Ireland’s healthcare system has been the recent subject of an unprecedented cyber attack, called out by the Irish government as “possibly the most significant cybercrime attack on the Irish state”. This has led to IT systems being taken offline and the cancellation of a number of hospital appointments.
Hampshire’s firefighters are usually the ones protecting the local community from unexpected danger. But two years ago, it was the service itself that needed expert help, when it became clear that a migration to Office 365 may create serious cyber security gaps.
Trend Micro’s Smart Protection Complete and Deep Discovery Inspector (DDI) stepped in to provide comprehensive protection across endpoints, cloud email and the network.
Few organisations have been placed under pressure as extreme over the past year as those working in healthcare. In many cases, this has been a catalyst for rapid digital transformation. Yet with healthcare organisations (HCOs) stretched to the limit, security gaps inevitably appear in systems that support life-saving work on the COVID-19 front line.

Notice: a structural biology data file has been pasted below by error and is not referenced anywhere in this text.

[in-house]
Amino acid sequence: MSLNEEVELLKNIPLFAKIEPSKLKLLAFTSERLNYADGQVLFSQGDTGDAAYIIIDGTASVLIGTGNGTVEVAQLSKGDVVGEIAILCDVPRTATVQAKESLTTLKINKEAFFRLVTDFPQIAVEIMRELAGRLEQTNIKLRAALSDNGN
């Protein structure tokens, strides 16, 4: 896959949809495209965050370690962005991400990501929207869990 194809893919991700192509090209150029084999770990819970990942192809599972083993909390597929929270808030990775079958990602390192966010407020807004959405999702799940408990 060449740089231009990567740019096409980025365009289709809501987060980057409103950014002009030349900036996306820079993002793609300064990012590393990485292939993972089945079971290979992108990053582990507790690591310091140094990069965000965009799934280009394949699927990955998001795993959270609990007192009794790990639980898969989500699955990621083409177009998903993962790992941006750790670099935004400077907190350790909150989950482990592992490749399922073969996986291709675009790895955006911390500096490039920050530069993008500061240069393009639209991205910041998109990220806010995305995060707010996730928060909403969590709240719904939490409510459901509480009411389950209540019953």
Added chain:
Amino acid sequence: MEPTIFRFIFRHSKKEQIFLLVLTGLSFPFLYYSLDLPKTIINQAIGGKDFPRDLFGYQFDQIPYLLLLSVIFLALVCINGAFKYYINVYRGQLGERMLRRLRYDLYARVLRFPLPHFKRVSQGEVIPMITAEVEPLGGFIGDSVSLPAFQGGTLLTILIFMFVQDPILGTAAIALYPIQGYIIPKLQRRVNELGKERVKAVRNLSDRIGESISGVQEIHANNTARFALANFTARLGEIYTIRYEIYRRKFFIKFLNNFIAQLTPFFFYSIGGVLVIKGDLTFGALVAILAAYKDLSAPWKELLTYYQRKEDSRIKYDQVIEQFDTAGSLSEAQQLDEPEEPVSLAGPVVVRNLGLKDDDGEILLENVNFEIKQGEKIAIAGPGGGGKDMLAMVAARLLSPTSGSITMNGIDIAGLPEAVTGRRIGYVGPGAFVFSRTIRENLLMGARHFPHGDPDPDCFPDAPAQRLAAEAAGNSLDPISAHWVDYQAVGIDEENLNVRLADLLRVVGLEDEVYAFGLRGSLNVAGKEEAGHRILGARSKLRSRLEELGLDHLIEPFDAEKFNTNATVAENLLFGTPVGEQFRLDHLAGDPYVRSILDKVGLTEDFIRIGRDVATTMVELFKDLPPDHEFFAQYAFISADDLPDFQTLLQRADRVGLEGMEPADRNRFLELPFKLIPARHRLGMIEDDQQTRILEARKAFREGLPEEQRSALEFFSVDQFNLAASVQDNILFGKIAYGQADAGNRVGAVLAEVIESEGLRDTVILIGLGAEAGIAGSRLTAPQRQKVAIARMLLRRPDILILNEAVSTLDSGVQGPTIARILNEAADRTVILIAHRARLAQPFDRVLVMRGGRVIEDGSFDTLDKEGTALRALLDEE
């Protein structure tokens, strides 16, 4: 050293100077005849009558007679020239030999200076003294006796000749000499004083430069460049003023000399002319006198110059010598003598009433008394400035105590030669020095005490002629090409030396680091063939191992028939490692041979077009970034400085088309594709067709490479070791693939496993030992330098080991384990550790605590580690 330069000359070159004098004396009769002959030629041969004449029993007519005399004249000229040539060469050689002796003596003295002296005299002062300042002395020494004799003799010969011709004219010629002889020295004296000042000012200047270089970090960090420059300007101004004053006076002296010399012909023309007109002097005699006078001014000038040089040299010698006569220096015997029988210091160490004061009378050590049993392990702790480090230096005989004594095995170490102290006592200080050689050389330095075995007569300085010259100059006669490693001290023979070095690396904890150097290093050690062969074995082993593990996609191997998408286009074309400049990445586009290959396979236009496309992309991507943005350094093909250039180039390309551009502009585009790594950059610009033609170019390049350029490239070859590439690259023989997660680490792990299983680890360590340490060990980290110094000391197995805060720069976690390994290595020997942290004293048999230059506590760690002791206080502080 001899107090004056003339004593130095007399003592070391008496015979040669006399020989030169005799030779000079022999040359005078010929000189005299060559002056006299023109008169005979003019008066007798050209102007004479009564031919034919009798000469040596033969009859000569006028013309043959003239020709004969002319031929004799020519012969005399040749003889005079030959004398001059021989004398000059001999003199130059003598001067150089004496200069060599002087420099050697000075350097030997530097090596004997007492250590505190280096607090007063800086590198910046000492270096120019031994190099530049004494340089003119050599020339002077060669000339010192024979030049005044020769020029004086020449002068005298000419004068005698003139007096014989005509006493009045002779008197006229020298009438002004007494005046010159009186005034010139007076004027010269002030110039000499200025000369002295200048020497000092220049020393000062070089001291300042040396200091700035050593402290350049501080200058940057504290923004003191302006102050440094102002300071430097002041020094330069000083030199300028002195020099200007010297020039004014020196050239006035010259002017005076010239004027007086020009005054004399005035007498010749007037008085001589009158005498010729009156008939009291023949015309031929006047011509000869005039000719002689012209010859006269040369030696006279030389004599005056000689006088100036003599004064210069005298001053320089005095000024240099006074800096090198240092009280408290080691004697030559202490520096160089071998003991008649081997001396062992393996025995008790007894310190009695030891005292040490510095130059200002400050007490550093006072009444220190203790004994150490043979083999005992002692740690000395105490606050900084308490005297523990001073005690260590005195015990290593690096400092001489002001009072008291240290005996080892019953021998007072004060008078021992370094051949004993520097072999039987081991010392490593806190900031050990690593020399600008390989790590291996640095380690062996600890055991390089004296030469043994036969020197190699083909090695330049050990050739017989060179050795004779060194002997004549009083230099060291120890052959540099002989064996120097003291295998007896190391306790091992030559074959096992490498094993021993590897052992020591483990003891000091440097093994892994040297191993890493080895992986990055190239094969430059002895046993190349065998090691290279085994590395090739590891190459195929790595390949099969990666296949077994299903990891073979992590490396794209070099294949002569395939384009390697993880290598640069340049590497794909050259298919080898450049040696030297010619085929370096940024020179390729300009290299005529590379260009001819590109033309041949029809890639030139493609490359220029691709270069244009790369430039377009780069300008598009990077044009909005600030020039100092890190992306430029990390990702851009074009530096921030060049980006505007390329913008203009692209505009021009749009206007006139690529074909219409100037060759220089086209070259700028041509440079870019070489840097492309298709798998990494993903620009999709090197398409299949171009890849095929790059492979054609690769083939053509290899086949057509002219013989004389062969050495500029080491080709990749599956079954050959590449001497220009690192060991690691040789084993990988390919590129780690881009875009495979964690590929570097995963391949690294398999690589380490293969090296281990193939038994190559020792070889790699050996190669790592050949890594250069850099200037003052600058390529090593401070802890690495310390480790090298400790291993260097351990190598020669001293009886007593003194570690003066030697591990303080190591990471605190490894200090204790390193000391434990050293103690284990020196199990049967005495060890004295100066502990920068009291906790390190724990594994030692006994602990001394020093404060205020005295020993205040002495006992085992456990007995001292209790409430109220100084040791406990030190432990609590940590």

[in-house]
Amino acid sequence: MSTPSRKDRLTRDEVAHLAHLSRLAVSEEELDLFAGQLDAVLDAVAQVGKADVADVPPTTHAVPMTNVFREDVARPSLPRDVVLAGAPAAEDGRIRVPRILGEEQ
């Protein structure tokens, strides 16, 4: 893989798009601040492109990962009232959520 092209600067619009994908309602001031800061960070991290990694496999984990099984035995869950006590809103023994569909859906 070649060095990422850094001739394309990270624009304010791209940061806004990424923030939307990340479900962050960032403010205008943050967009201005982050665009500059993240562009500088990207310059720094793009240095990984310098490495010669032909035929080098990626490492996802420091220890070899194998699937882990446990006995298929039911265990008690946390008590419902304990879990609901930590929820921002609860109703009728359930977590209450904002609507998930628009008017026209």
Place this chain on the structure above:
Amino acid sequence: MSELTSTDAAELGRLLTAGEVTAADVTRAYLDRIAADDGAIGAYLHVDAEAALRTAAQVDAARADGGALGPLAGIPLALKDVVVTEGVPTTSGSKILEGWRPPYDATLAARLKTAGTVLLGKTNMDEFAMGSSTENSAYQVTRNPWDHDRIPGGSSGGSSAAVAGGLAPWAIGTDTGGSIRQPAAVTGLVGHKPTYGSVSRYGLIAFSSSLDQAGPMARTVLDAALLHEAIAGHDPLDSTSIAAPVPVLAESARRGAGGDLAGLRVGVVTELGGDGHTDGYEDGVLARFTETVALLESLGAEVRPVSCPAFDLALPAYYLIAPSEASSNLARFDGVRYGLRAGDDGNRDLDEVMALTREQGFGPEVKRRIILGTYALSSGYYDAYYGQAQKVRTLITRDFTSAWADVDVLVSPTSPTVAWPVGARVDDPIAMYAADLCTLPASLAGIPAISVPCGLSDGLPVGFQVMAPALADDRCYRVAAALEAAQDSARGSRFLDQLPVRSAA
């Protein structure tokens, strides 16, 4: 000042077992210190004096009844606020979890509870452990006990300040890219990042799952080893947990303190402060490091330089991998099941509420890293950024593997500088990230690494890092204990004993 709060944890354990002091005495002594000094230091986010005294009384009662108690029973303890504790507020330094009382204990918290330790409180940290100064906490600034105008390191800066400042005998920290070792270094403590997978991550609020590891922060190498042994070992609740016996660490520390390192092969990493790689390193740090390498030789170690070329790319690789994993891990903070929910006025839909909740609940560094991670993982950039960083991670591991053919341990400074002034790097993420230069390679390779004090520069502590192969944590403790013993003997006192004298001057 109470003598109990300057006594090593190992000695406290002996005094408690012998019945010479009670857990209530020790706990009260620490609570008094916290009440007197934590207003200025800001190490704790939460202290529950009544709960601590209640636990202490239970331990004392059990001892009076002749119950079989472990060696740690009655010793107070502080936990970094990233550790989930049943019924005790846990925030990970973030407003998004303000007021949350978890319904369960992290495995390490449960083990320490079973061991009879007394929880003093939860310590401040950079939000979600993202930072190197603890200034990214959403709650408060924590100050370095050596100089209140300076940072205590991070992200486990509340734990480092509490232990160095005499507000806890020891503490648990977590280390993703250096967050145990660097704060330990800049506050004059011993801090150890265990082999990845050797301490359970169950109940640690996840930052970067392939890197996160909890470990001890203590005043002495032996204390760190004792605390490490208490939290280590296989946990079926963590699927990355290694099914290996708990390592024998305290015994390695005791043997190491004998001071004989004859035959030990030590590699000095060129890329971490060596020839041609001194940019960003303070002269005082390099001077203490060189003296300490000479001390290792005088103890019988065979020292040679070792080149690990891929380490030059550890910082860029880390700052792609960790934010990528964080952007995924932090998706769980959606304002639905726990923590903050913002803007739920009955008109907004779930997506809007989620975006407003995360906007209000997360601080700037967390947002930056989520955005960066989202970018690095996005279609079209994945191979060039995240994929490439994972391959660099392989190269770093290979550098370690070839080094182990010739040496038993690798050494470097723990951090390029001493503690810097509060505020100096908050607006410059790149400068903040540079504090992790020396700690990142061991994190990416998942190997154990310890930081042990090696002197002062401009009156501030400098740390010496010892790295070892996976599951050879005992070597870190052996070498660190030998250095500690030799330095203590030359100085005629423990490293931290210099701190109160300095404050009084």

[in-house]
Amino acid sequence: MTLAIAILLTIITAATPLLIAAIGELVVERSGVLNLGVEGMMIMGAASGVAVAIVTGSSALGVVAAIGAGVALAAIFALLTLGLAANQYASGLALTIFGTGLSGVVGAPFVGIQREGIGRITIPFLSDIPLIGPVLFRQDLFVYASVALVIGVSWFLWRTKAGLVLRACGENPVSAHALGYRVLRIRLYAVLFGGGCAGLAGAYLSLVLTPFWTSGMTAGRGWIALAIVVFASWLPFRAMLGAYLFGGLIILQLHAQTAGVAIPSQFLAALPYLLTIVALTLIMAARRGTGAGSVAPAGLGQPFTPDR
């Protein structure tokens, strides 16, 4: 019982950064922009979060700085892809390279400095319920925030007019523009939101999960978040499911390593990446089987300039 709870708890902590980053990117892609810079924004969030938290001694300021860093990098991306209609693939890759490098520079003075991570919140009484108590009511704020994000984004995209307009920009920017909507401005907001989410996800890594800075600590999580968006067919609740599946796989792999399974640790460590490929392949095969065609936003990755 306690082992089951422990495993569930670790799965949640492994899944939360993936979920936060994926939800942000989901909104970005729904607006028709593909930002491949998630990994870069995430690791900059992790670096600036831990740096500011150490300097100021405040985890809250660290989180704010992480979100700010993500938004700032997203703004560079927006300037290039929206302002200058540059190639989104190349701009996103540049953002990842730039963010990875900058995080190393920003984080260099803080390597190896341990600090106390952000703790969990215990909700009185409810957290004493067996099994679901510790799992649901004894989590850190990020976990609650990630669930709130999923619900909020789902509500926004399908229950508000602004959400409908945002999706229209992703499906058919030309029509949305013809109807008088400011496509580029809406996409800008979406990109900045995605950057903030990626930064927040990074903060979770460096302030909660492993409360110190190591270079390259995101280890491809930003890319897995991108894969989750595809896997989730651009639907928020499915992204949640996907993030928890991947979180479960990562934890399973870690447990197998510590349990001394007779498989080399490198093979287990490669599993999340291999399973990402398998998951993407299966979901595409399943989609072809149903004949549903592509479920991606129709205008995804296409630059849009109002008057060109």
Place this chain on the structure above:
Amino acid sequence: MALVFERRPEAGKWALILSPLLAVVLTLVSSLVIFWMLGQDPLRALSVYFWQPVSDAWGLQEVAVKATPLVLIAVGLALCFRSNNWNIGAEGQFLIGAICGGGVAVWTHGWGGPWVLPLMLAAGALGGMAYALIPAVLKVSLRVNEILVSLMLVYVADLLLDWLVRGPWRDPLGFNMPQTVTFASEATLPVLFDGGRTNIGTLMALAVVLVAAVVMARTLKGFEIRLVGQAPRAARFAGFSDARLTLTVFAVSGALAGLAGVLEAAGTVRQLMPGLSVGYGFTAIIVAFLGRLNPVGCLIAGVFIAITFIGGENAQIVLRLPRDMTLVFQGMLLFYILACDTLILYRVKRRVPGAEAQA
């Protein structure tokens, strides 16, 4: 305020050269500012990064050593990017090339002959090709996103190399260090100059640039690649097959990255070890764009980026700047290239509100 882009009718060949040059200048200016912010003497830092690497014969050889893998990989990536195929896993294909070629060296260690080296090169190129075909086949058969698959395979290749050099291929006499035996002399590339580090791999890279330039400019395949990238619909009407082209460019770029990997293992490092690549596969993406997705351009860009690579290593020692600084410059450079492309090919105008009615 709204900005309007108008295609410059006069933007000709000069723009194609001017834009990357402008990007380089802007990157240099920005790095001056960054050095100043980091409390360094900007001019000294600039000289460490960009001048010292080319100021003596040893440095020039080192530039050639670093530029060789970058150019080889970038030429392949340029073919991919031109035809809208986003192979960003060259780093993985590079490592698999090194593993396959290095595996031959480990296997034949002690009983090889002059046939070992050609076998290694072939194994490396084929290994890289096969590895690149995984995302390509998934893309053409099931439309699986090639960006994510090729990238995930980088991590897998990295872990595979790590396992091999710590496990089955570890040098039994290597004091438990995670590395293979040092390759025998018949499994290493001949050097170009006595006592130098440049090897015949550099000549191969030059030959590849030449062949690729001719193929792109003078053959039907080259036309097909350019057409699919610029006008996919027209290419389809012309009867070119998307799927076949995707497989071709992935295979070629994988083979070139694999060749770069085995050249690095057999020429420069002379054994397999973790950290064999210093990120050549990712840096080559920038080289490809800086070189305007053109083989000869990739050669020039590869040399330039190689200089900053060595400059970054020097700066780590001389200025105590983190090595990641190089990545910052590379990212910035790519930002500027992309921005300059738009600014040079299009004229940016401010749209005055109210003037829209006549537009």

As 2020 showed, many cyber-criminals have no qualms about disrupting HCOs, and putting lives at risk, in order to extort victims with ransomware and data theft. To find out more on exactly how fast the pandemic is driving cloud adoption, and how well the sector understands its cybersecurity challenges, Trend Micro commissioned a global study of more than 2,500 IT decision makers in 28 countries across several industry sectors, including healthcare.
Virtual patching: why healthcare IT needs digital face masks
Complexity is everywhere in modern healthcare IT. It is defined by the curious blend of legacy and modern computing systems that power the NHS: from SaaS apps and cloud servers to remote working laptops and on-premises datacentres. This complexity creates security and compliance risk, particularly as all of those IT assets must be patched to protect them from cyber-threats. Doing so is easier said than done.
This is where virtual patching comes into its own. Think of the technology as a digital equivalent of the face masks providing life-saving protection to NHS staff every day. Virtual patching is low cost, non-invasive, easy-to-use and highly effective.